IUBMB Home ATP Synthase
an interpretation by
Donald Nicholson
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This is the all-important reaction in which the protonmotive force produced by proton translocation is coupled to the synthesis of ATP from ADP and phosphate. ATP Synthase is a complex structure consisting of two domains Fo and F1. F1 is a spherical


The central stalk is driven by the retrolocation of protons through Fo (counter-clockwise as seen from above), and rotates in 120°) stages. At each stage each of the β-subunits in turn change conformation: L changes to T (after binding ADP and phosphate), T to

structure, which, in the case of mitochondria, sticks out into the matrix and is anchored to the membrane by a stator to prevent rotation. It consists of three α- and three β- subunits, all of which can bind nucleotides, but only the β-subunits can take part in the reactions. Fo is a cylindrical structure capable of rotation when driven by translocated protons, and which is linked to a central stalk that can revolve inside F1.

The mechanism that drives ATP synthesis seems to depend upon a binding charge conception in which catalytic sites on the β-subunits have different affinities for nucleotides and are designated loose (L), tight (T), and Open(O). .These are coloured pink, blue, and green respectively. The loose (L) sites bind the substrates (ADP and phosphate)

Click on the image to view the animation.

O, and O to L (after releasing ATP). The new L site then binds new ADP and phosphate and begins a new reaction sequence. One complete revolution of Fo therefore results in the formation of 3ATP, one from each of the β-subunits. In this example about 10 protons need to be retrolocated for each complete revolution of Fo, which means that the formation of 1ATP requires about 3.3, though other species may be different. ATP synthase is thought to revolve at more than 100Hz (revolutions/sec.), which is sufficient to produce a turnover of the equivalent of the weight of our body of ATP each day.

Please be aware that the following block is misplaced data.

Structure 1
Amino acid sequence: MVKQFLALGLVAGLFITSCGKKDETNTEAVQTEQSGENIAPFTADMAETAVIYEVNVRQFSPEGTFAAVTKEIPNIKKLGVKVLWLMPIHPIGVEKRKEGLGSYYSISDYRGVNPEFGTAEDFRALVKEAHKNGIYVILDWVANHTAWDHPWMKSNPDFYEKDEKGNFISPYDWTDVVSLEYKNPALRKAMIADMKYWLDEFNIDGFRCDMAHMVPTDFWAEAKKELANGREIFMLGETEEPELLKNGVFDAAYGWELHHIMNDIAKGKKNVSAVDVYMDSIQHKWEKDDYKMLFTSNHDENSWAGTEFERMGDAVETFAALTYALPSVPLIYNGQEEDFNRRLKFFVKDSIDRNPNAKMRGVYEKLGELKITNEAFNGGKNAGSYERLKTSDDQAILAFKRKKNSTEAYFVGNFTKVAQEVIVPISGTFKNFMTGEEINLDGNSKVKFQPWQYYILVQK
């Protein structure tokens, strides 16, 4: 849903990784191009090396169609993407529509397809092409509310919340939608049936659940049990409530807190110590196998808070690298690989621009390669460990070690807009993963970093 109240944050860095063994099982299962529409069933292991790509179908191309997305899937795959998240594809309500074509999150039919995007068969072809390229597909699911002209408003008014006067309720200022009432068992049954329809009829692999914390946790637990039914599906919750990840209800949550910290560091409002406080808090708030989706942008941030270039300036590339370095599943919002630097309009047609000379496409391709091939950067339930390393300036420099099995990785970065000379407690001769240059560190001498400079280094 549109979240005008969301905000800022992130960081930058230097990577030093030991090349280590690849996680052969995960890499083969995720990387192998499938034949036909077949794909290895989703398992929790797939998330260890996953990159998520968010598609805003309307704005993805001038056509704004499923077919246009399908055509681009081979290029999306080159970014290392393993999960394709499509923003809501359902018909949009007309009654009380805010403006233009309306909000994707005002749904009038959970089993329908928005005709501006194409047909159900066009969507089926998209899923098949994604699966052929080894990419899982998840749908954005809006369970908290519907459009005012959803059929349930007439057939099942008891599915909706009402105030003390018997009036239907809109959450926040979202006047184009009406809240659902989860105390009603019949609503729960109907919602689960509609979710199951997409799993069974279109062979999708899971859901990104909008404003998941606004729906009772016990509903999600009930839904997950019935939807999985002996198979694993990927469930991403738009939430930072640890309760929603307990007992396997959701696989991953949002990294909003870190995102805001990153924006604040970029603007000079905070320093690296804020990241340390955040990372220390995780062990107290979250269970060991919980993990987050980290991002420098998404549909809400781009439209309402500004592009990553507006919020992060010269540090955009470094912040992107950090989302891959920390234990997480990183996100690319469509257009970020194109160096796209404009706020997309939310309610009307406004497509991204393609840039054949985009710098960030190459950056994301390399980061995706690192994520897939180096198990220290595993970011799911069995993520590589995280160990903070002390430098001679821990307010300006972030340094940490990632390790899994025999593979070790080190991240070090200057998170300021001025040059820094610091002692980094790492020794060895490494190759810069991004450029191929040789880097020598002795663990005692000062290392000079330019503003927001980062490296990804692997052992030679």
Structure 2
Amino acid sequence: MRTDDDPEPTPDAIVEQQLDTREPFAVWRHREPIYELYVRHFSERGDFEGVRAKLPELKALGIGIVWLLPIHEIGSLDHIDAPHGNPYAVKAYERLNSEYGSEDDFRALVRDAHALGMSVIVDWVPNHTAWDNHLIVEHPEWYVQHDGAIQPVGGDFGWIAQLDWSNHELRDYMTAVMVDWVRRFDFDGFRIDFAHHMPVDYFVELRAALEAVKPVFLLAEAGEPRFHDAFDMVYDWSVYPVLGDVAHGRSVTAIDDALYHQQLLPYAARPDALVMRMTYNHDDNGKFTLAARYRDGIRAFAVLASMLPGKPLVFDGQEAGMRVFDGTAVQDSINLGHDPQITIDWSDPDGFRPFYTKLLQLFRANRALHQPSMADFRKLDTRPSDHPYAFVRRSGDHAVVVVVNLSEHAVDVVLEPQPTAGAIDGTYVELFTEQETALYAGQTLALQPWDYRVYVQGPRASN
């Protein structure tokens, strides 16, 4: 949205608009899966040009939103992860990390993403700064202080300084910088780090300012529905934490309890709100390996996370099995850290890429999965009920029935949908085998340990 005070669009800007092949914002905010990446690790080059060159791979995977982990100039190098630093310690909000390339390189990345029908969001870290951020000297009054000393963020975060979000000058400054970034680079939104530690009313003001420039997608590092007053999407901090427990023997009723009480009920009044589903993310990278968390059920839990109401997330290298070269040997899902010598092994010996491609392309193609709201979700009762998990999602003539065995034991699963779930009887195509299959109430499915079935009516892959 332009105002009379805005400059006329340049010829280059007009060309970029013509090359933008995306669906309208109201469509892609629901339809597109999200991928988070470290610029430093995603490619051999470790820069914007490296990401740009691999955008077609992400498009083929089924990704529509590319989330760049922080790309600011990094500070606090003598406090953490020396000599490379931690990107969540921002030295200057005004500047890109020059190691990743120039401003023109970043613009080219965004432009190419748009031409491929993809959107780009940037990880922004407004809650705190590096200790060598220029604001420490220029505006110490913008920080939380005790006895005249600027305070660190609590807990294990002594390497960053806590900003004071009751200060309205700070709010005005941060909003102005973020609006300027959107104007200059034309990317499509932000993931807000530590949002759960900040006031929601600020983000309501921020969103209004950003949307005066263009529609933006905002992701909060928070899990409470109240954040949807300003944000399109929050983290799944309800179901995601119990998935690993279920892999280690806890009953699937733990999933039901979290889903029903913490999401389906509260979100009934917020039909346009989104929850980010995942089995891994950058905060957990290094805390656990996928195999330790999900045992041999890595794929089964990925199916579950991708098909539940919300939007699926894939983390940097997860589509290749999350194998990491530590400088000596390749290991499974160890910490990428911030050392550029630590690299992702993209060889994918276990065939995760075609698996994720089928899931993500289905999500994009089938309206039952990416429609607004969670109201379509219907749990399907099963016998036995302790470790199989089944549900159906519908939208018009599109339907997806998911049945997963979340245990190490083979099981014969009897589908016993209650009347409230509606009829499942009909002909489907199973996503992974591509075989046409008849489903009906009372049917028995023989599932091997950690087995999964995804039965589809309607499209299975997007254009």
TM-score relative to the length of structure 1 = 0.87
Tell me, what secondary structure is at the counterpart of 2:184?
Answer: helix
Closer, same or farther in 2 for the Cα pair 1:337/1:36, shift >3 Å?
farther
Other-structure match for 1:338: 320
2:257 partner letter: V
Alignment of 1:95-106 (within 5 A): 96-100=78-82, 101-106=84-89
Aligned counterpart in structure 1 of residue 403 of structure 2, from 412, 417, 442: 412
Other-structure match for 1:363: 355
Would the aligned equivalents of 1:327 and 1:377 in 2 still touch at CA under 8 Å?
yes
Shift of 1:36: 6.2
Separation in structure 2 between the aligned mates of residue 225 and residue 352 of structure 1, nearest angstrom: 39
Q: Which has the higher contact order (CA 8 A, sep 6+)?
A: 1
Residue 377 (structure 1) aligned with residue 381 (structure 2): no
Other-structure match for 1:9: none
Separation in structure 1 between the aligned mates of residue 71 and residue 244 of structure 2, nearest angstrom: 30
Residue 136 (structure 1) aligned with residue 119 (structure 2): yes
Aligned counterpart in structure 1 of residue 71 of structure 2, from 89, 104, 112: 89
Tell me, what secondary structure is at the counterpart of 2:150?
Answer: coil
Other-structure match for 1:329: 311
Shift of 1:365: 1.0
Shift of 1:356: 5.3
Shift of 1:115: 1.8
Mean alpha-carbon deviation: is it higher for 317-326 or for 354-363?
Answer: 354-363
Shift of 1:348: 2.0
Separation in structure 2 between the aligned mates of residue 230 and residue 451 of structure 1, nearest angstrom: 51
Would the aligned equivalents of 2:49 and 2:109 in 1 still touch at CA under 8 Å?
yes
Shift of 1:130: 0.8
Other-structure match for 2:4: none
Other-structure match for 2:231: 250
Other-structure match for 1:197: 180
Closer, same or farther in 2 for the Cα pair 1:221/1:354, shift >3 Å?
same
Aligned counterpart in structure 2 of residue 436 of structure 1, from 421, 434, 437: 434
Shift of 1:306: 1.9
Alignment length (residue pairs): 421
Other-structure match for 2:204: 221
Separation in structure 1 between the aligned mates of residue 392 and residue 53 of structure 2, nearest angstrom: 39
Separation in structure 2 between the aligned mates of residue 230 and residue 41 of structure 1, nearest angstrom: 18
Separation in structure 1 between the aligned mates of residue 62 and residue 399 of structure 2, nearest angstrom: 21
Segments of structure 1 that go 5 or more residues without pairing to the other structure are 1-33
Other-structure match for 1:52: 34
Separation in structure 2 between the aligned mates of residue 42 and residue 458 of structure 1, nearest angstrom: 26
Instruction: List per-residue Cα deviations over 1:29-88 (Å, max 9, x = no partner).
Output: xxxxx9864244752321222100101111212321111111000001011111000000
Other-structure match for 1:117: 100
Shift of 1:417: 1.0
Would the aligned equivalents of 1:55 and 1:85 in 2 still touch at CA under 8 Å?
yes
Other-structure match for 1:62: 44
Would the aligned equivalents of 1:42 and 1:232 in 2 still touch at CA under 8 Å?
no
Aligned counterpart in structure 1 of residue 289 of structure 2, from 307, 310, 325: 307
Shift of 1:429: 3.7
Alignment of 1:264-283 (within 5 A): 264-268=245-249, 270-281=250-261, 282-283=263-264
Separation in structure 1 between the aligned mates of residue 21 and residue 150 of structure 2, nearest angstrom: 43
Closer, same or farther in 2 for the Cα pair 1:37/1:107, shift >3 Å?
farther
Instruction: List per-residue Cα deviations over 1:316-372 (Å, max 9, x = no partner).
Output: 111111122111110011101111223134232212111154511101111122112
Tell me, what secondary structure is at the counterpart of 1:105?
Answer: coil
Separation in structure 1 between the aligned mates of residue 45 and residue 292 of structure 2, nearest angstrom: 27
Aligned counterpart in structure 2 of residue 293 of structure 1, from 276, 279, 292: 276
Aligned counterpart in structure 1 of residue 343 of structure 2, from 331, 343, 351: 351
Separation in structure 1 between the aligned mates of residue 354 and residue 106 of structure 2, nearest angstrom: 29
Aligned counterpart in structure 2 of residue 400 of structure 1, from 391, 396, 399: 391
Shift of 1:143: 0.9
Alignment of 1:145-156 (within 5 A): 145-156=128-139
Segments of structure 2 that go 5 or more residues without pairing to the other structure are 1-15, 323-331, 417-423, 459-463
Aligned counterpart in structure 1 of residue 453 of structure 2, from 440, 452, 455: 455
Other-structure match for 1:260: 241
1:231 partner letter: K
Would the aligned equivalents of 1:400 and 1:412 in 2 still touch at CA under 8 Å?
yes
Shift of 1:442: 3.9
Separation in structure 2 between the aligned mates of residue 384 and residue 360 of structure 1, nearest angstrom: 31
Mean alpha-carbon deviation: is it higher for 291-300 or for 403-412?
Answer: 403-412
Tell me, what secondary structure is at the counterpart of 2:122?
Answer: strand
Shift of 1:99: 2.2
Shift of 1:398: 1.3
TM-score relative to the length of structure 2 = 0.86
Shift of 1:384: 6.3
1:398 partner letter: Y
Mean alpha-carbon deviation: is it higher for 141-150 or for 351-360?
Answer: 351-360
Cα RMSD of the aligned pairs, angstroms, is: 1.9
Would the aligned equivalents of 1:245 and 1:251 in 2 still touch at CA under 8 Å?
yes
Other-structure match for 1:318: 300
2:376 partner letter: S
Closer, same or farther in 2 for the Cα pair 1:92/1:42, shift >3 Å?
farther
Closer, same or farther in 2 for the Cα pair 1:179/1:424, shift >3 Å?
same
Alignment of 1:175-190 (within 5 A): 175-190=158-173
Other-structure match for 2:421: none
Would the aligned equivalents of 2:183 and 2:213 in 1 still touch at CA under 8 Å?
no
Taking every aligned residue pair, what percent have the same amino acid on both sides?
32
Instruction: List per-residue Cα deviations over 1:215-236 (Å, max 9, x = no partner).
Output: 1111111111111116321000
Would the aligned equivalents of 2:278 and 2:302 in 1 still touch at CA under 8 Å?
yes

Many other subunits are involved, some of which are understood, but others are the centre of on-going research. This animation is a simplified "interpretation" of the complex integrated movements which

reversibly. The T sites then bind the reactants so tightly that ATP is formed. The O sites, which have a low affinity for substrates, then release the ATP already formed in the T state


are characteristic of ATP synthase. It is hoped that, viewed as an animation, it may stimulate an appreciation that, although of very different architecture, in elegance and beauty and in biochemical significance it is akin to DNA.

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